You are not signed in (Login or Join Free)   |   Help
Sploofus Trivia
Trivia GamesCommunityLeaderboardsTournaments
NOTICE: Sploofus is closing May 31st.    Click here for more details

You are here:  Home  >>  Chat Forums  >>  The Salty Dog  >>  View Chat Message

View Chat Message

Pages:  1    

Bushyfox  (Level: 174.4 - Posts: 2403)
Sat, 24th Oct '09 6:06 PM


You folks seem to always have an answer for everything, so here's a poser for you:
Yesterday, I heard Liza Minnelli singing "All That Jazz" on the radio.

I checked out the lyrics, and want to know WHAT was "rouging the knees" all about?? For the life of me, I can't figure out that'un at all. I heard the practice was popular among the Flappers of that era. (WHY were they called "Flappers"?)

".....Come on, babe
Why Don't we paint
The town?
And all that jazz
And all that jazz
I'm gonna rouge my knees
And roll my stockings down
And all that jazz
And all that jazz......"


Jank0614  (Level: 67.1 - Posts: 4593)
Sat, 24th Oct '09 6:24 PM

It really was rouge, like you would put on your cheeks in the old days. It just brought attention to knees that had never previously been seen in polite society!

Bushyfox  (Level: 174.4 - Posts: 2403)
Sat, 24th Oct '09 6:41 PM

Wow ....thanks, Janice!

Now, what about the term "Flapper"? Where did that originate?


Jank0614  (Level: 67.1 - Posts: 4593)
Sat, 24th Oct '09 6:49 PM

Well, I always thought "flapper" was from that dance where they flap their elbows and knees. Lots of movement - best shown off with lots of fringe and beads!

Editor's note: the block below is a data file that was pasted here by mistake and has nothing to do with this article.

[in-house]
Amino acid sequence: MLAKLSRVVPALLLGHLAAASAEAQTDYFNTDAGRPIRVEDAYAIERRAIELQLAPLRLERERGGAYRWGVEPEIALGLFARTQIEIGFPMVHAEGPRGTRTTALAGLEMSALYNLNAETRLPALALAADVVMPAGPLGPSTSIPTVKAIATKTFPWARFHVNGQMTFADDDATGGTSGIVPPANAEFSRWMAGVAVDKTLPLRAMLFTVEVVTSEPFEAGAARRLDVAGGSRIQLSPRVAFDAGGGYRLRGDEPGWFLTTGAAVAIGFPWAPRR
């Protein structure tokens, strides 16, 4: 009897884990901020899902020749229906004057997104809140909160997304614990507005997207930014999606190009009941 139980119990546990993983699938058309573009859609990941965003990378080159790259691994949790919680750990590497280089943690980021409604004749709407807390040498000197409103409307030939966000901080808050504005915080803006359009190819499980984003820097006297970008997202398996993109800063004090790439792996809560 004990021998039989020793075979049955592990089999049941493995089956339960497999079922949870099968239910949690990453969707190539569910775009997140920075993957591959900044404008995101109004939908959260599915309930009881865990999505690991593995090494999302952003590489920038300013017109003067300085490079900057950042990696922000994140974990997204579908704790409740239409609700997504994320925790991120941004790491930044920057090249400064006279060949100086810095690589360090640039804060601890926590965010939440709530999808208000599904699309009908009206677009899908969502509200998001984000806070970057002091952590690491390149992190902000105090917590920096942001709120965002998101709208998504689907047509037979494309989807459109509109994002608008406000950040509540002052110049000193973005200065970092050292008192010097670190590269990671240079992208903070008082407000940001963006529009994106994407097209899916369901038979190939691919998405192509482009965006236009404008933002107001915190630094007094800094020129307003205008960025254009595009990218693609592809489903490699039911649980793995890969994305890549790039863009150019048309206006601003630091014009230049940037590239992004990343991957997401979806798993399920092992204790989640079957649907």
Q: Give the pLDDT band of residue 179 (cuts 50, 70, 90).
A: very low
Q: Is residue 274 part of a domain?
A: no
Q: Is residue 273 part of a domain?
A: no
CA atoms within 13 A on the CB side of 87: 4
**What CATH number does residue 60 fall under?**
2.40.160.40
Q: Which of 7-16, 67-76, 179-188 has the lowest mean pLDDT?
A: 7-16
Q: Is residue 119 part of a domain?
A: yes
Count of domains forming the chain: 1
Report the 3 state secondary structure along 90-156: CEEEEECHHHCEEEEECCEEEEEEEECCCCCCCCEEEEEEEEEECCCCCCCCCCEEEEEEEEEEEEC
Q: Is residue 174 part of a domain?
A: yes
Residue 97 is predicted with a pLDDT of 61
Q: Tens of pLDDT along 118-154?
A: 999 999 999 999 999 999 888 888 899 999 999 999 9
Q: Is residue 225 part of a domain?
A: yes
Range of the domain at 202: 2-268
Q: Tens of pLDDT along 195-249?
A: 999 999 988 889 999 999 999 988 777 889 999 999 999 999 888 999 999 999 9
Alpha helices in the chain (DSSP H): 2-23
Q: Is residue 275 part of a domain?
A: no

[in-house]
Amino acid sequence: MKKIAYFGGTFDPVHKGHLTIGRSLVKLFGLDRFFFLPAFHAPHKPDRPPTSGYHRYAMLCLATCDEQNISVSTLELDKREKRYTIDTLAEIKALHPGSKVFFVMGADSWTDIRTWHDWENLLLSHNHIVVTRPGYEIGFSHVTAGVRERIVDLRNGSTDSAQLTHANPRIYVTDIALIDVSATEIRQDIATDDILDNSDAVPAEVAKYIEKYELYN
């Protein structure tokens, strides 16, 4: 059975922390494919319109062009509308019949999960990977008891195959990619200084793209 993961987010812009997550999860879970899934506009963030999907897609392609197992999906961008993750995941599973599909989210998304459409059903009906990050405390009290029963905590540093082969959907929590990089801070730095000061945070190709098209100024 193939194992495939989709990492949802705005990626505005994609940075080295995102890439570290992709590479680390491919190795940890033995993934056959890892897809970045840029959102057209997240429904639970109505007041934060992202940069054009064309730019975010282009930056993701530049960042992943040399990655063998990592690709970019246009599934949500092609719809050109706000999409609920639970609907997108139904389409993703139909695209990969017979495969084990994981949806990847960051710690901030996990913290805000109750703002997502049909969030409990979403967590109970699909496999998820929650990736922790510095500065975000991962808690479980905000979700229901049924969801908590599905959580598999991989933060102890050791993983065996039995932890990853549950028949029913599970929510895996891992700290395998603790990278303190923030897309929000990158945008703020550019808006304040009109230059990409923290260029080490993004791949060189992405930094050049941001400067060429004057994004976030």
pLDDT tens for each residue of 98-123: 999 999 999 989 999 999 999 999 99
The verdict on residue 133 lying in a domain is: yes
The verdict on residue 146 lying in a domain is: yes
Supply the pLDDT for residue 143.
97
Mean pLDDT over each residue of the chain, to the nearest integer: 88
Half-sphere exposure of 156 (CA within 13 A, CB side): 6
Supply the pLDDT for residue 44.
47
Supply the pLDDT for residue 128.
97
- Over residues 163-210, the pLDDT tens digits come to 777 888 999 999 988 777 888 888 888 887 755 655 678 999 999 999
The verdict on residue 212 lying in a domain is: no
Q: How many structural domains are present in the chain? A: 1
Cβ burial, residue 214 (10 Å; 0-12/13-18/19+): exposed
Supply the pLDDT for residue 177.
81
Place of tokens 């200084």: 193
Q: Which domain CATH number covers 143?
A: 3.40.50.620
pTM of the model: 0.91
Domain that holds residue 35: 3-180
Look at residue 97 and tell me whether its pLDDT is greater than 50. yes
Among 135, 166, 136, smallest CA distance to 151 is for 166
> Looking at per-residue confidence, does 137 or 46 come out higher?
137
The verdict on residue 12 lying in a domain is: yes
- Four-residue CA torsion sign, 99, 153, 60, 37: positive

"The "Flapper"

The term "flapper" first appeared in Great Britain after World War I. It was there used to describe young girls, still somewhat awkward in movement who had not yet entered womanhood. In the June 1922 edition of the Atlantic Monthly, G. Stanley Hall described looking in a dictionary to discover what the evasive term "flapper" meant:

[T]he dictionary set me right by defining the word as a fledgling, yet in the nest, and vainly attempting to fly while its wings have only pinfeathers; and I recognized that the genius of 'slanguage' had made the squab the symbol of budding girlhood.

Authors such F. Scott Fitzgerald and artists such as John Held Jr. first used the term to the U.S., half reflecting and half creating the image and style of the flapper. Fitzgerald described the ideal flapper as "lovely, expensive, and about nineteen." Held accentuated the flapper image by drawing young girls wearing unbuckled galoshes that would make a "flapping" noise when walking."

Mickeym  (Level: 88.2 - Posts: 1803)
Sat, 24th Oct '09 6:50 PM

My mother the flapper said that the stockings were rolled down to just below the knees, and a nice circle of rouge put on the center of the knee like on a cheek. Because the material was heavier at the roll, it was darker than the whole stocking, which was usually for evening black or red. The dresses came just below the knees, often with irregular hems, so this all showed as you danced or especially as you sat coyly. Or all that jazz.

Bigbird  (Level: 250.2 - Posts: 3345)
Sat, 24th Oct '09 11:49 PM

Hey Bev - I found this:

If you scroll down to the bottom, there is an explanation of many of the terms in the song.

Pages:  1    

Copyright © 2003-2017 Sploofus Holdings LLC.  All rights reserved.
Legal Notice & Privacy Statement  |  Link to Sploofus